He used the all-too-frequent case of a child who knows that his mother was innocent but was infected by a father who had been leading a "bad life." When both die, the bishop explained, the child must try to come to terms with the love he should have for his father and the truth that he has been orphaned because of that father’s misdeeds.
"That wound is the one that is much deeper than a lot of the other wounds that we can speak about," he said.
The Church’s AIDS ministry is concerned with far more than the spread of the disease. It also confronts each person's "deep spiritual and traumatizing wound that can largely be healed by spiritual comfort."
That’s why distributing condoms is no solution. With that approach, he said, "we are depersonalizing the issue."
"Today we are talking about an epidemic that demands sacrifices and this is what people don't want to do, make sacrifices," he said.
Bishop Muheria spoke of the quiet "heroism" of wives who stick by their infected husbands. There is even a form of heroism in an infected spouse's decision to abstain from sexual relations for the good of his or her family.
The Kenyan Church is working to respond to the poor and the sick as Jesus Christ would. "But to reach out is not just to cure,” the bishop added. “Christ didn't cure everyone. First and foremost and most important, you must reach out to the wounds of the heart. They must feel Christ touching them, and that's what the Church does and she has done that and continues to do that in Africa in an amazing way."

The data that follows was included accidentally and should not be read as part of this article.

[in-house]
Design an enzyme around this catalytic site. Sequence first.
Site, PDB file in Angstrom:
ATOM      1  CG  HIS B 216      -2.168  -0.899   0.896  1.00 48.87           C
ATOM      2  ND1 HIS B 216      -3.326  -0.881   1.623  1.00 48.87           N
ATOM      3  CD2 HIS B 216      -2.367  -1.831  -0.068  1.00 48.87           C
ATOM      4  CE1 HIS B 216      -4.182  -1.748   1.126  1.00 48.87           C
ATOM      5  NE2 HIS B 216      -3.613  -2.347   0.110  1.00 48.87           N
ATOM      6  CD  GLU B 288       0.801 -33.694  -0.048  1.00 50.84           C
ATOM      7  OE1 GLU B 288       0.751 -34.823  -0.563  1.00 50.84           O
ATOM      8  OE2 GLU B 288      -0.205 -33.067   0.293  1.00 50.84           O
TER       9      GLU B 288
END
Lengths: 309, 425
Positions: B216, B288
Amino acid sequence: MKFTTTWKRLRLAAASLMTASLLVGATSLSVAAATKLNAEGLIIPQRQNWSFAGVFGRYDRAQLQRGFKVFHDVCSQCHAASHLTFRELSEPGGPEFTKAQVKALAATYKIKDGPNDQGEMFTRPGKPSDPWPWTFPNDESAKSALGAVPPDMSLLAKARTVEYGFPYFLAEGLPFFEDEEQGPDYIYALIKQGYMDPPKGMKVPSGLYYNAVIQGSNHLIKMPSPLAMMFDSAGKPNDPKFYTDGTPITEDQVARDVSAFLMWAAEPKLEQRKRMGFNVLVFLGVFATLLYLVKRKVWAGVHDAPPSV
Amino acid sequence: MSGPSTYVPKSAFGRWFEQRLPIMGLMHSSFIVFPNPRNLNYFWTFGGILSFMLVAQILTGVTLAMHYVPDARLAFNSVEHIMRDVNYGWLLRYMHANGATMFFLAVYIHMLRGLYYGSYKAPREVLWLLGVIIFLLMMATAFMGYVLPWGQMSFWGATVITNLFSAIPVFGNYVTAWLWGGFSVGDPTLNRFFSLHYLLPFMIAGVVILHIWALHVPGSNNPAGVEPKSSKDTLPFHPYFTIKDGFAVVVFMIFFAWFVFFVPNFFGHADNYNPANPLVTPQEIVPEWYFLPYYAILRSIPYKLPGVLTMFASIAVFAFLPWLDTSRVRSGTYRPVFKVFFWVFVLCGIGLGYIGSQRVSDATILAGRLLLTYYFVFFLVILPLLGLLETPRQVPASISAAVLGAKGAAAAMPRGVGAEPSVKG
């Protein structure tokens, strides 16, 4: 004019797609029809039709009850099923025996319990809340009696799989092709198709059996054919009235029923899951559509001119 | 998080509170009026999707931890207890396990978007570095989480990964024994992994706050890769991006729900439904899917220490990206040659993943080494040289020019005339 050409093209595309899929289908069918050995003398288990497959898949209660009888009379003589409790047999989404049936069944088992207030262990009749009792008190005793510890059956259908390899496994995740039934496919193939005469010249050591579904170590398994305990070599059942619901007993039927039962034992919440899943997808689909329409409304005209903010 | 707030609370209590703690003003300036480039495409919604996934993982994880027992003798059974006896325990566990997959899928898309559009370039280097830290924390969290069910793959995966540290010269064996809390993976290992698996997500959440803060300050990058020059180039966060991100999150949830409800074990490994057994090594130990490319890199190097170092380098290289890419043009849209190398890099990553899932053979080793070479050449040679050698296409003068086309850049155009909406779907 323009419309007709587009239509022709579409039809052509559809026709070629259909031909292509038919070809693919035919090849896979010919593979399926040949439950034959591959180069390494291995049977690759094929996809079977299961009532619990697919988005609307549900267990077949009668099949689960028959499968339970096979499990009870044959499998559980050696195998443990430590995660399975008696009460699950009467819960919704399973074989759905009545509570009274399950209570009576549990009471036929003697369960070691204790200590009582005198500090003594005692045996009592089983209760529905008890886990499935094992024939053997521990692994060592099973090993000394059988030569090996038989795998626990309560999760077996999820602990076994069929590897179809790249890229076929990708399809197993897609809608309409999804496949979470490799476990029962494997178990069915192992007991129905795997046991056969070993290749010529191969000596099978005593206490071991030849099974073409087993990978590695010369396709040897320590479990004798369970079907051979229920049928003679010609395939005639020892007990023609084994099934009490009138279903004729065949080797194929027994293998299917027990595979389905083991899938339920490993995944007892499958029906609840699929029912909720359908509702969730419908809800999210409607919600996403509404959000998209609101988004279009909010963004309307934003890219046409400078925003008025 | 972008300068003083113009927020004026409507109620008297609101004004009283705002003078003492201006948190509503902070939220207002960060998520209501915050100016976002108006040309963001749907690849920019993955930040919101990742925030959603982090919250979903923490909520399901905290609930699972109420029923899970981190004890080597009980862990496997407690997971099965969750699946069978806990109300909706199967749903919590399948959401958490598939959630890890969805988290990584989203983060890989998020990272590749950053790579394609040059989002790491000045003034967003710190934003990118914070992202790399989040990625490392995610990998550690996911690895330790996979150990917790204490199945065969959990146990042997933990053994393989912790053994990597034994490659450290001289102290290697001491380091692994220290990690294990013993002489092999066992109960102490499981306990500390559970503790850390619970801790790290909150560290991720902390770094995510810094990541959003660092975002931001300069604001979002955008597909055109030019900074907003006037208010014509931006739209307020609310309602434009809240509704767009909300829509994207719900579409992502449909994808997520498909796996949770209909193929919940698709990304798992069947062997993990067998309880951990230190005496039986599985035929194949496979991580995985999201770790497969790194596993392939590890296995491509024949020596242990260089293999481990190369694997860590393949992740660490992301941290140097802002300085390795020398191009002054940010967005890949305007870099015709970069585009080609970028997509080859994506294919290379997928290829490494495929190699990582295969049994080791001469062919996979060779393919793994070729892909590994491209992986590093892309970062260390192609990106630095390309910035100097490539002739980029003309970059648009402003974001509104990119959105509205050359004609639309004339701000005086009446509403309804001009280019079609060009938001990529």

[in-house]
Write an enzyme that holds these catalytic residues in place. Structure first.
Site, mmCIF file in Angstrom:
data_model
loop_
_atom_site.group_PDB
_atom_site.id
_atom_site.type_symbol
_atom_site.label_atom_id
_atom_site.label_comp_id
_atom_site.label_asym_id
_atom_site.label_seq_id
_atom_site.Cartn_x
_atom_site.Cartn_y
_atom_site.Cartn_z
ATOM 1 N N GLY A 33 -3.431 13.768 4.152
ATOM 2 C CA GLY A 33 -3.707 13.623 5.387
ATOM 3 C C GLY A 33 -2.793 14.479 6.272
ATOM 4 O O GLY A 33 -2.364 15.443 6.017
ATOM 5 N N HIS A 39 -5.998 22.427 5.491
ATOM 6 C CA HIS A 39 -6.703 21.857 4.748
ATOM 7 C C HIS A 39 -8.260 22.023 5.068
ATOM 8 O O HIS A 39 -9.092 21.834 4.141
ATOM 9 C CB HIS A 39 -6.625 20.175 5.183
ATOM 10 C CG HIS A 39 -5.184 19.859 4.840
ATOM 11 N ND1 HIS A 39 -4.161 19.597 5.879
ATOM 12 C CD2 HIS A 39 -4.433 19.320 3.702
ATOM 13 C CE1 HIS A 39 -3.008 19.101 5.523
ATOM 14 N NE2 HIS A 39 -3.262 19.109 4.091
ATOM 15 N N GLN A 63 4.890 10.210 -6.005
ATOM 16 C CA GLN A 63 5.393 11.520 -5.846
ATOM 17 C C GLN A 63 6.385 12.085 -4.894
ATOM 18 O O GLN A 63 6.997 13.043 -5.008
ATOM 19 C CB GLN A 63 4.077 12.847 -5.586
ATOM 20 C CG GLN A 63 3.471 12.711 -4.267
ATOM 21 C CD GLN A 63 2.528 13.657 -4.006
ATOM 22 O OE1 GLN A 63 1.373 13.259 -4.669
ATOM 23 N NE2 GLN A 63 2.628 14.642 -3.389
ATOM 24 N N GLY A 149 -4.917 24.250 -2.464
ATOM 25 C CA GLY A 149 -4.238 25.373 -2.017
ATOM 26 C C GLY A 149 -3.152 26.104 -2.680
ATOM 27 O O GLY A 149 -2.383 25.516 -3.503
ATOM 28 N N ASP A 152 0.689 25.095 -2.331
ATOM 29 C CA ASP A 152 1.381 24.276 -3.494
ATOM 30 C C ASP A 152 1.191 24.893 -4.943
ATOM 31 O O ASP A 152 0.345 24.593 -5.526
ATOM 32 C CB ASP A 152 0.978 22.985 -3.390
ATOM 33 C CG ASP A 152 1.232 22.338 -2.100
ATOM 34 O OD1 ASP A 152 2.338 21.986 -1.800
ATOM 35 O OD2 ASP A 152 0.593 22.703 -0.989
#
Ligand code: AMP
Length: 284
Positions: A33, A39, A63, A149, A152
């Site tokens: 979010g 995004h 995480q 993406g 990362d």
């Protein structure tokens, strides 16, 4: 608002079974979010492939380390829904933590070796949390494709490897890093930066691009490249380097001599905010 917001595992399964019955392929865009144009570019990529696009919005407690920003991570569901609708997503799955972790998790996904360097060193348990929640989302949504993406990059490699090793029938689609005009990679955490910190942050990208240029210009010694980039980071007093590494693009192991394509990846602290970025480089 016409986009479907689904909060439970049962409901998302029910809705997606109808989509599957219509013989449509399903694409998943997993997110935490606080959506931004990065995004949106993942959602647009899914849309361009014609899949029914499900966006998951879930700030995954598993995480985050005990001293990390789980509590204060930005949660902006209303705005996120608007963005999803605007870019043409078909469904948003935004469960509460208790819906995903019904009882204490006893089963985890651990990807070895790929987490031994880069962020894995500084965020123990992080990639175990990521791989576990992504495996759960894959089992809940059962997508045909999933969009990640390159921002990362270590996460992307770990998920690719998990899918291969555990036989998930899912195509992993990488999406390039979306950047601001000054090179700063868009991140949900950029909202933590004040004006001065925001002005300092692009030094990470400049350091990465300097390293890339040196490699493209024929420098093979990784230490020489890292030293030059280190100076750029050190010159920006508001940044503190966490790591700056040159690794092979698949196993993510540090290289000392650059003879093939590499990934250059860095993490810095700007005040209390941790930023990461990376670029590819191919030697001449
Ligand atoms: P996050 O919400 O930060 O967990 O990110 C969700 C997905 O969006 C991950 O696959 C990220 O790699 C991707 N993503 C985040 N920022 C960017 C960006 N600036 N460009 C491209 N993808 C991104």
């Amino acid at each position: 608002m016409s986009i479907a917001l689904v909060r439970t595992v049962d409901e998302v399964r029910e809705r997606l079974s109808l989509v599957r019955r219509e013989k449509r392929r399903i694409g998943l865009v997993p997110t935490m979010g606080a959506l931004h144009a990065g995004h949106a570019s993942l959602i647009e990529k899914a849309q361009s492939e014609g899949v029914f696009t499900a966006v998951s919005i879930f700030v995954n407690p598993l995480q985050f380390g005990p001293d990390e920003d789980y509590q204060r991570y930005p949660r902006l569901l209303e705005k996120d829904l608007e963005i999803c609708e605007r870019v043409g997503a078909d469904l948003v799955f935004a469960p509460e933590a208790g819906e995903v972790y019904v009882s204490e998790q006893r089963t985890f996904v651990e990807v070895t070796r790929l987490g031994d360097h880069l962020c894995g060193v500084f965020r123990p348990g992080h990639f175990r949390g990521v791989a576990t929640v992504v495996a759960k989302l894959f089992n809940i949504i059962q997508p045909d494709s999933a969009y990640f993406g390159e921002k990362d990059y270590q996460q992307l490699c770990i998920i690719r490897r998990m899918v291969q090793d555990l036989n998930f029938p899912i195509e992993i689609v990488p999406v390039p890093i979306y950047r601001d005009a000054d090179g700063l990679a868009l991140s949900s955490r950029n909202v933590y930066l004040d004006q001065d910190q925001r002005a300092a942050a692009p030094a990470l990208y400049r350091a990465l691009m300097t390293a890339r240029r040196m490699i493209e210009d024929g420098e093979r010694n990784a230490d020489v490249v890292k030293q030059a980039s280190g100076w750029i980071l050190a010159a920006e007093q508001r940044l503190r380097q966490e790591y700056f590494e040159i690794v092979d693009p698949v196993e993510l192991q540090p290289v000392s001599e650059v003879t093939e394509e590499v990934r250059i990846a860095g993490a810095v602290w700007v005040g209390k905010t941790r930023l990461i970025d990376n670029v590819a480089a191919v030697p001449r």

He said that people come to him with real problems and they cry together. This is a matter of death, suffering and forgiveness, he said, that cannot be minimized to a material questions.
"Those are very serious problems, and you have to bring them to terms, tell them, you can still be holy, even having HIV and AIDS you can still be a saint."
During his in-flight answer in 2009, the Pope said that efforts should be made to renew the person internally, giving spiritual and human strength to a just behaviors involving the body and to be present, "suffering with those who suffer."
Turning back to the 30,000 orphaned children, Bishop Muheria said, "we have to give hope, but real hope to these kids, a hope that forgives, opens up their heart to a new world. And at the same time, they're able to speak about their experience of encounter with Christ, about the cross that they have had to go through."
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